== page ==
May 30, 2024

Kieron Dyer, a former star for Ipswich Town, says receiving a liver transplant has changed his life and left him feeling incredibly grateful.

Dyer, 44, required a liver transplant after being diagnosed with primary sclerosing cholangitis in 2019. Primary sclerosing cholangitis is a chronic illness that has no known cure.

Furthermore, Dyer disclosed that he had the procedure in a statement posted on Chesterfield FC’s website today. Dyer is currently the first team coach there, working under former Town manager Paul Cook.

He wrote: “I was admitted to Cambridge’s Addenbrooke’s Hospital three months ago.

“I received the incredible news two weeks ago that I would soon receive a new liver and would be undergoing a transplant. The hospital released me this morning.

Saying “thank you” to the hospital staff doesn’t seem like enough. They really have been amazing.

“The level of care I received, from the nurses to the doctors to the porters, has amazed me. Throughout, I couldn’t have asked for better care, and I am so grateful. I will always remember them.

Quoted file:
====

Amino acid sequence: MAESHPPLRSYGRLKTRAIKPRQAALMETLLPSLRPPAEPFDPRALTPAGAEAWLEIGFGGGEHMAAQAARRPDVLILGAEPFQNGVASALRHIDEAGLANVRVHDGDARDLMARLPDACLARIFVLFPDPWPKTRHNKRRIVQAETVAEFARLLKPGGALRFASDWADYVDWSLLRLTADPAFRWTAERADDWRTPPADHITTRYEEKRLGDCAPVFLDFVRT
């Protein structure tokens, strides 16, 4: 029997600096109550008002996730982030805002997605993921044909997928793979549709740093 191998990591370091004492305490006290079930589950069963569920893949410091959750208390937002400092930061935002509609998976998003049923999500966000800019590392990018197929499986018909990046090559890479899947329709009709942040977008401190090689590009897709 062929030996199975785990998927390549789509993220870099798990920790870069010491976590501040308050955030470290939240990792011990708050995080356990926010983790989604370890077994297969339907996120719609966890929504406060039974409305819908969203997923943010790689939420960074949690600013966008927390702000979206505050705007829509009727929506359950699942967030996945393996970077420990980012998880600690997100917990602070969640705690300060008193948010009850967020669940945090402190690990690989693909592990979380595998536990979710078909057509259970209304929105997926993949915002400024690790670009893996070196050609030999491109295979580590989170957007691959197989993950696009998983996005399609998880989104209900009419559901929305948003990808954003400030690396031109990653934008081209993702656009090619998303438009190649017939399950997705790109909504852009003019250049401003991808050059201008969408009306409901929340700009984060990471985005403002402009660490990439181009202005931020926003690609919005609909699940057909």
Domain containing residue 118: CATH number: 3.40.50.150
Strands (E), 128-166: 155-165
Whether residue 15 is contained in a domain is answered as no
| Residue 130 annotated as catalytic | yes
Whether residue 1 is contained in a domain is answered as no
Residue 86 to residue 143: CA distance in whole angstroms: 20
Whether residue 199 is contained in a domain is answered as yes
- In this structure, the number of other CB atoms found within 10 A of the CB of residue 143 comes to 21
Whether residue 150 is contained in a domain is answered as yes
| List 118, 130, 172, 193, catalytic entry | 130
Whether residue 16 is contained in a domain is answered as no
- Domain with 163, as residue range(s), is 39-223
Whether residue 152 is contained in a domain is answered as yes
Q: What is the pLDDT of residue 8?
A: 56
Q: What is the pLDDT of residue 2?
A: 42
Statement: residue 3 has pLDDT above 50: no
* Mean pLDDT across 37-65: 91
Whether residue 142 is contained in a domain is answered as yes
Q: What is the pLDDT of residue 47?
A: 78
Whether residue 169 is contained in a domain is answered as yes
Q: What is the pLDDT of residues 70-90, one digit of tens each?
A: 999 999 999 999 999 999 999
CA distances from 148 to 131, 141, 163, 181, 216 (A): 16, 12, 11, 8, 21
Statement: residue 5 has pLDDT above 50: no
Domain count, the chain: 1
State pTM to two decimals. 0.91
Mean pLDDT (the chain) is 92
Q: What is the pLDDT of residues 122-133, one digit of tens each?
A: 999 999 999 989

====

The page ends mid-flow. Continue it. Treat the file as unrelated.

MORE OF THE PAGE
It is extremely painful for me to know that the liver I was given was from someone my own age.

“Those in my situation have a chance because of the kindness and generosity of others, and I will make the most of it. I am incredibly grateful for my current situation and consider myself fortunate to be leaving the hospital in better health than before.

“I want to express my gratitude to my family for their incredible support during this extremely trying time. Although there will undoubtedly be setbacks along the way, I am returning home with the positive outlook that I was afraid would never leave.

Oddly, during this time, football has become even more significant in my life. In the last three months, I have watched more games from my hospital bed than I have in any other time in my life.

“I would like to express my gratitude to Chesterfield, where I joined the coaching staff at the end of the previous season, and to my hometown team, Ipswich Town, who have been in constant communication with me.

“I want to thank Paul Cook, the manager, for enabling me to help even from the hospital, where I’ve watched every game as the boys have climbed to the top of the National League standings.

“In due course I look forward to returning to coaching and media work, but I respectfully ask for privacy for myself and my family at this time as I strive to make what I hope will be a full recovery.”

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